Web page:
Edison Stanford Intelligent Hearing - Salt Lake City, Draper, and Provo, UT

Musician on stage performing with hearing protection to protect against tinnitus and hearing loss.

If you’re a professional musician, your ears are your livelihood. So you’d think musicians would be fairly protective of their hearing. Oddly, that’s not the case. In fact, there’s a pervading culture of fatalism when it comes to hearing in the music business. They believe that hearing loss is just “part of the job”.

But various new legal rulings and a focused effort to challenge that culture finally seem to be changing that mindset. Injury to the ears, damage that inevitably causes hearing loss, shouldn’t ever be “part of the job”. When there are established ways to safeguard the ears, that’s particularly true.

Protecting Your Hearing in a Noisy Setting

Professional musicians, obviously, are not the only individuals to work in a potentially loud surrounding. Nor are they the only class of workers who have developed a fatalistic approach to the damage as a consequence of loud noise. But practical levels of hearing protection have been more quickly implemented by other professions such as construction and manufacturing.

There are probably a number of reasons for this:

  • Even if a musician is performing the same music nightly, they need to be able to hear very well. If it seems as if it will impede hearing, there can be some opposition to using hearing protection. This resistance is usually based on misinformation, it should be mentioned.
  • Regardless of how harshly you’re treated as an artist, there’s usually a feeling that you’re lucky and that somebody would be grateful to be in your position. So many musicians simply cope with inadequate hearing protection.
  • The saying goes “hard hat required”. That’s because the manufacturing and construction environments have a lot of hazards. So donning protective equipment is something site foremen, construction workers, and managers are more likely to be accustomed to doing.

This “part of the job” mindset impacts more than just the musicians, regrettably. There’s an implied expectation that others who work in the music industry like roadies and bartenders go along with this harmful mentality.

Norms Are Changing

Fortunately, that’s changing for two big reasons. A landmark case against The Royal Opera House in London is the first. During a certain performance, a viola player was placed right in front of the brass section and subjected to over 130dB of noise. That’s roughly equivalent to a full-blown jet engine!

In most cases, if you had to be exposed to that much sound, you would be given hearing protection. But the viola player suffered with long periods of tinnitus and general hearing loss because she wasn’t given hearing protection.

When the courts handed down a ruling against the Royal Opera House and ruled for the viola player, they sent a signal that the music industry would no longer be exempt from workplace hearing protection guidelines, and that the industry should stop thinking of itself as a special case and instead invest in proper hearing protection for every employee and contractor involved.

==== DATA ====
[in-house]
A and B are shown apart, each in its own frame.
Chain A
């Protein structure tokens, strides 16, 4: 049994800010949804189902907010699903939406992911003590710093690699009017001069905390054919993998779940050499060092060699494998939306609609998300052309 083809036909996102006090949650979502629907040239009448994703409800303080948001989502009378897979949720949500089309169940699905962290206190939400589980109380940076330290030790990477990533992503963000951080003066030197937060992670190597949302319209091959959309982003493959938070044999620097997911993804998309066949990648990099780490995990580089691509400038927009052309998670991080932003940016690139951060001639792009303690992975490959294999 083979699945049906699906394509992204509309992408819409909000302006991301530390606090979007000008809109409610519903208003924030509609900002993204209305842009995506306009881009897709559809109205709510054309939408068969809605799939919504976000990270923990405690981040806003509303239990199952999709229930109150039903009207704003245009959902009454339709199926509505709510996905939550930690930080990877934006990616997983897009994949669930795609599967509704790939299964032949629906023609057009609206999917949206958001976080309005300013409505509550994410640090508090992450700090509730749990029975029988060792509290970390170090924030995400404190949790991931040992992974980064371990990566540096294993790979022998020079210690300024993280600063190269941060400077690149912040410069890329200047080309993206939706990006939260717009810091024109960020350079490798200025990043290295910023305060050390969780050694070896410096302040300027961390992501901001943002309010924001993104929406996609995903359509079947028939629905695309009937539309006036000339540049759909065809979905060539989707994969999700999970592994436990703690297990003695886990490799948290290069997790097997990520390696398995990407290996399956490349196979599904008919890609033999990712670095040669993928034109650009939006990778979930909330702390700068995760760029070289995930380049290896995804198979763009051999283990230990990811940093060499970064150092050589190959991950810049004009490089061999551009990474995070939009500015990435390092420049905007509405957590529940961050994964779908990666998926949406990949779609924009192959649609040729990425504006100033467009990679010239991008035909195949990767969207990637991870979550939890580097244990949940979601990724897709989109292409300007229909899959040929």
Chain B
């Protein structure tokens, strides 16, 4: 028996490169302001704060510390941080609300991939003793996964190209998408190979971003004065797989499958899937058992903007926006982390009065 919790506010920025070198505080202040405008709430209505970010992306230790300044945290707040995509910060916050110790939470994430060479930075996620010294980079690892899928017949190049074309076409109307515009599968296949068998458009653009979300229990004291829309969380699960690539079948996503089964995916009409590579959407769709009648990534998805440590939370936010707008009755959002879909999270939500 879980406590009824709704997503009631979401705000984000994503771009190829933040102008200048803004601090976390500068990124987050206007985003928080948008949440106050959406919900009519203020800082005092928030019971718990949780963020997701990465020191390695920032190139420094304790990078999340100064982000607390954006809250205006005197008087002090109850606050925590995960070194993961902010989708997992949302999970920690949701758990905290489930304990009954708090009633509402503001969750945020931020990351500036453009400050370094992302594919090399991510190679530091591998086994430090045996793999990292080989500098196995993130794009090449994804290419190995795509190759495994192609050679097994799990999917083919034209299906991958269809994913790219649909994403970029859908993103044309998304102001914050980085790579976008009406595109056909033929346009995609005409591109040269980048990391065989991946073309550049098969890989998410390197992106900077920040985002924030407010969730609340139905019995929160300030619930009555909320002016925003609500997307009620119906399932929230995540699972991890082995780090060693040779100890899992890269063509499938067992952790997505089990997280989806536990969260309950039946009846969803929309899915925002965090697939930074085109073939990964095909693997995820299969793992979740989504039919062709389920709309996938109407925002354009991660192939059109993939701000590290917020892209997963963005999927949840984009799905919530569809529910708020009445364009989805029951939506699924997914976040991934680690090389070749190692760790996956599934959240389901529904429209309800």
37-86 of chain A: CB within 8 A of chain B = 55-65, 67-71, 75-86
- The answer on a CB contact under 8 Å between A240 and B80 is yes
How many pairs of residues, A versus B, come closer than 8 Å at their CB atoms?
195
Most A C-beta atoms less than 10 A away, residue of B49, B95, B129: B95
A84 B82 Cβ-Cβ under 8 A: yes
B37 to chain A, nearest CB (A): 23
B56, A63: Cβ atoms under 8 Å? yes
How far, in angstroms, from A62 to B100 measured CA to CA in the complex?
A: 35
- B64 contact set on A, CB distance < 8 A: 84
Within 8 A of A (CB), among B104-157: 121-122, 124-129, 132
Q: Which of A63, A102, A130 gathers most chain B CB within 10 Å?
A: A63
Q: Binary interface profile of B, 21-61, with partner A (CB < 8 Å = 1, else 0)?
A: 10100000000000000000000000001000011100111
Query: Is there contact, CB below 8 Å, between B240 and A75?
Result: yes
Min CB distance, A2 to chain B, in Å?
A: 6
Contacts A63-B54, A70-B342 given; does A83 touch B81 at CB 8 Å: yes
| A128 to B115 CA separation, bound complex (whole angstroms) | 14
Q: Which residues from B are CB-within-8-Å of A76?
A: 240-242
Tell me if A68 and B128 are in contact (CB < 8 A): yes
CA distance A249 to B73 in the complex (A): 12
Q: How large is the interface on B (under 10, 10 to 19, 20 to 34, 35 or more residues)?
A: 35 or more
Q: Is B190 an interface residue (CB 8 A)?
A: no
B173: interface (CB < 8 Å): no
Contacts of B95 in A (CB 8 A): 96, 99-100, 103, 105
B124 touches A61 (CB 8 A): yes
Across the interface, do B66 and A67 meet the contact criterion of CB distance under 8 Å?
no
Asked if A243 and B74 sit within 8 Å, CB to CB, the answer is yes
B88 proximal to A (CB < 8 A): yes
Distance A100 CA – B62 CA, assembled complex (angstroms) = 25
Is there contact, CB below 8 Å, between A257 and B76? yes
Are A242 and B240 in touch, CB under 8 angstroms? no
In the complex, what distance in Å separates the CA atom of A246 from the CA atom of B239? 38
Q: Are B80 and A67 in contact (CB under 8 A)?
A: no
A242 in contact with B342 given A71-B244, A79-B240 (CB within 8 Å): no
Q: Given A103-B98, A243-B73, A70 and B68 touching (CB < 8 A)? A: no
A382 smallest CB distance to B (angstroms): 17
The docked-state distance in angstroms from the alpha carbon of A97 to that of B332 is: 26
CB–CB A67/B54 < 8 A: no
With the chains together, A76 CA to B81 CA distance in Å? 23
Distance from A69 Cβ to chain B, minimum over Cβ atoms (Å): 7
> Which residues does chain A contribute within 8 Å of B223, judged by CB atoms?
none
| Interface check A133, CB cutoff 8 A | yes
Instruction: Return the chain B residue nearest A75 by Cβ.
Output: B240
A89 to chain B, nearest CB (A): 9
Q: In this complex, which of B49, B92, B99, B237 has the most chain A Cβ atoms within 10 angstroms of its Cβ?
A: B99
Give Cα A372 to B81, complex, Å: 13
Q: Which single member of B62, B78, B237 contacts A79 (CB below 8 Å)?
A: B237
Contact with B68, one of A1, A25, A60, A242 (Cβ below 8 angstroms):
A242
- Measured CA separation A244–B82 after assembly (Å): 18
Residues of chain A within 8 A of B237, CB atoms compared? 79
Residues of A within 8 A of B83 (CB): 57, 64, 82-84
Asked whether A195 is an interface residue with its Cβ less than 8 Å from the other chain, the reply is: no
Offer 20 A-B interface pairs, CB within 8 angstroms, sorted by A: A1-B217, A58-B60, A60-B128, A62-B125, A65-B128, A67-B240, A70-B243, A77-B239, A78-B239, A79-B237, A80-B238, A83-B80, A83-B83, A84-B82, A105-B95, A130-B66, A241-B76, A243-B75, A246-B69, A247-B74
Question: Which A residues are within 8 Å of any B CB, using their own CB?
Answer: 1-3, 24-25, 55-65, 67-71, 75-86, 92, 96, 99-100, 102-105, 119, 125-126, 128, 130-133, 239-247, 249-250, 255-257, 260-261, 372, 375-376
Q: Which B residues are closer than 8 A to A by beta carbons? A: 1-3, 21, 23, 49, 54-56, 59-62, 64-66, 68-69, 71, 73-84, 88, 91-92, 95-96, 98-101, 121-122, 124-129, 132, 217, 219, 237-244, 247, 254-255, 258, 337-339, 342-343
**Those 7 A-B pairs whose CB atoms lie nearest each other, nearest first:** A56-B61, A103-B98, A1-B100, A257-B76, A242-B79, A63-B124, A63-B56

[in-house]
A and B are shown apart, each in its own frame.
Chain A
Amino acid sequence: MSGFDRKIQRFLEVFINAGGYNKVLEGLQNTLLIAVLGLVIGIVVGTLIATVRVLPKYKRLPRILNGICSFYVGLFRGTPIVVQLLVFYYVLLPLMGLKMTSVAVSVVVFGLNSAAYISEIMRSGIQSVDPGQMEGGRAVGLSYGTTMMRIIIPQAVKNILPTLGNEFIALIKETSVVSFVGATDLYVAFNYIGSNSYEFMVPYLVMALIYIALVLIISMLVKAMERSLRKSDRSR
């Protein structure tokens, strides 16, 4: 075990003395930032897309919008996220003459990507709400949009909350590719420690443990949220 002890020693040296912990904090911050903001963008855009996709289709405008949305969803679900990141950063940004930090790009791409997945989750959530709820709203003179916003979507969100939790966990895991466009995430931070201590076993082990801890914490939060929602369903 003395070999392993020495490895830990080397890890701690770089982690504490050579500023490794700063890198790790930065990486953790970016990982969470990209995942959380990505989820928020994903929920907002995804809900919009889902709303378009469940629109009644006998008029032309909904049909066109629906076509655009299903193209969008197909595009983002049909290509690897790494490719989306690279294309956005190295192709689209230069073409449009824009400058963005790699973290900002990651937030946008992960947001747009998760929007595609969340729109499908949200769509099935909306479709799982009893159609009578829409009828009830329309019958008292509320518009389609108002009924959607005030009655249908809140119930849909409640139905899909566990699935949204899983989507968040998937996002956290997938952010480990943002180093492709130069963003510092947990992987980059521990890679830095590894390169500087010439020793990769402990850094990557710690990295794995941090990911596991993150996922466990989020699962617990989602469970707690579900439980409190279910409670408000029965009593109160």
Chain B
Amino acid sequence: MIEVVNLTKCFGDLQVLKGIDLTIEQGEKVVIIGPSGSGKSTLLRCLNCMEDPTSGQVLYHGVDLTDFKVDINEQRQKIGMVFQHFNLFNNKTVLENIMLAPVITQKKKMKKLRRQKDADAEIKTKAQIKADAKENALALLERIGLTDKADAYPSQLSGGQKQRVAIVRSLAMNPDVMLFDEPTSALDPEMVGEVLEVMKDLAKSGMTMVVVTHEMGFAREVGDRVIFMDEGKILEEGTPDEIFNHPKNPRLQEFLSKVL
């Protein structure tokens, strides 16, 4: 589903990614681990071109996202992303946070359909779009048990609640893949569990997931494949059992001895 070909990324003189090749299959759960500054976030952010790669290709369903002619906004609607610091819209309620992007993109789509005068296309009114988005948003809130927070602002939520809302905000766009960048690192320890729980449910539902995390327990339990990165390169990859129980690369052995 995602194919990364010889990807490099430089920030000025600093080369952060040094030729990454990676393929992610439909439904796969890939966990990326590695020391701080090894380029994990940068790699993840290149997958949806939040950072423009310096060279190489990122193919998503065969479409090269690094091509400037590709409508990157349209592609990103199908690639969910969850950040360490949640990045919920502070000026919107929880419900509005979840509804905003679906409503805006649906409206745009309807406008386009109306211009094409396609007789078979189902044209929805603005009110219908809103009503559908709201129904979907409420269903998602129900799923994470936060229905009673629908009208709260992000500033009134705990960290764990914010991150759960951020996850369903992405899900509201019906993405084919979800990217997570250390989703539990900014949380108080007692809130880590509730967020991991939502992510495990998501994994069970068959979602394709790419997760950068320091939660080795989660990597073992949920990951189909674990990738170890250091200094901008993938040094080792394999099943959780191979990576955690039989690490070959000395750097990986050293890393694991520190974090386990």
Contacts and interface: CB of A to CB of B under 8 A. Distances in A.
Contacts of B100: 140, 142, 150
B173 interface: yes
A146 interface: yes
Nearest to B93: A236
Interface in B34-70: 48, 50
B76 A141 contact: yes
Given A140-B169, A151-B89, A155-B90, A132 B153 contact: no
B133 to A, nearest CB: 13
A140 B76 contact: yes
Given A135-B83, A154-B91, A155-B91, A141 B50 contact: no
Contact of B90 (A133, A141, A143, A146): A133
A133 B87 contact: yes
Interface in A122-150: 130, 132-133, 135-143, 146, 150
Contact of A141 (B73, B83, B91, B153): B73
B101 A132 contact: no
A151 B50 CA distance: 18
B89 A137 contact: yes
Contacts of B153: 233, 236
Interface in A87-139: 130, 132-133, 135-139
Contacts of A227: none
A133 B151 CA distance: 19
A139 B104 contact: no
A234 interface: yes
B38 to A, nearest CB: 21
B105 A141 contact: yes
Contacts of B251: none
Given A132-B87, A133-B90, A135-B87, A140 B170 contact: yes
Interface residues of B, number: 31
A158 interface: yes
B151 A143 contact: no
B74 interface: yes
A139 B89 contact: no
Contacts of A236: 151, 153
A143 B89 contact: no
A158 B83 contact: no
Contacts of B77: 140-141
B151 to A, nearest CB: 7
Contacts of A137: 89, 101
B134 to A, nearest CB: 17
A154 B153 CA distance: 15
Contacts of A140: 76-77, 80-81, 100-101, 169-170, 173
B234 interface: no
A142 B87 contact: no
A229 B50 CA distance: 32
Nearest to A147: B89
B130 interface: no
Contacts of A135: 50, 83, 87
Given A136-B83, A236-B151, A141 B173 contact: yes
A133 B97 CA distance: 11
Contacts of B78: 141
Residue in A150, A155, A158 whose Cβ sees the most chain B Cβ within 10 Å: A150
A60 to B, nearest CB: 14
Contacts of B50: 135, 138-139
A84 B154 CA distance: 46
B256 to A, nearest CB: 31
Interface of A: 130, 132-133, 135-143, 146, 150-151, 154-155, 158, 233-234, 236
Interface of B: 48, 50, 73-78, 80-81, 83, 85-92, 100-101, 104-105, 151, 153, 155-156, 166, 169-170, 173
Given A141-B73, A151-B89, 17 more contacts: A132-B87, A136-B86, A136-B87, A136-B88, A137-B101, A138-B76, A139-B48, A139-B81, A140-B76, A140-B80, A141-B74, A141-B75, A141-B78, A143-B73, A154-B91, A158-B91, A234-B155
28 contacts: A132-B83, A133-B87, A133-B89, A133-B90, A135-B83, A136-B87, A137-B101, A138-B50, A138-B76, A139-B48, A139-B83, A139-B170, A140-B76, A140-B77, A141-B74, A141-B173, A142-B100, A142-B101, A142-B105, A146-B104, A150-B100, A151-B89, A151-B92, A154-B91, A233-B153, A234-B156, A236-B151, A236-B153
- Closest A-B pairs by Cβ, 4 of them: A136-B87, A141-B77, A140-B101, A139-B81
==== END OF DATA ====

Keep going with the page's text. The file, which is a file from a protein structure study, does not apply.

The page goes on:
Hearing Loss Shouldn’t be a Musician’s Fate

In the music business the number of those who suffer from tinnitus is staggeringly high. And that’s the reason that around the world there’s a campaign to raise awareness.

Everyone from wedding DJs to classical music performers to rock stars and their roadies are in danger of experiencing “acoustic shock,” a response to very loud noises which includes the onset of loss of hearing, tinnitus, and hyperacusis. The more acoustic shock that someone experiences, the higher the probability that damage will become irreversible.

Deploying current hearing protection devices, including specially designed earplugs and earmuffs, can help protect hearing without limiting the musical capabilities of anybody. Your hearing will be protected without inhibiting the quality of sound.

Transforming The Music Attitude

You can get the correct hearing protection right now. At this time, safeguarding the hearing of musicians is more about transforming the culture within the music and entertainment industry. This endeavor, though it’s a difficult one, is one that’s already demonstrating results (The industry is getting an eye opener with the decision against The Royal Opera House).

Tinnitus is extremely common in the industry. But this doesn’t have to be the way it is. Hearing loss shouldn’t ever be “part of the job,” regardless of what job you happen to have.

Are you a musician? Contact us to find out how to safeguard your hearing without hurting your performance.

The site information is for educational and informational purposes only and does not constitute medical advice. To receive personalized advice or treatment, schedule an appointment.
Why wait? You don't have to live with hearing loss. Call or Text Us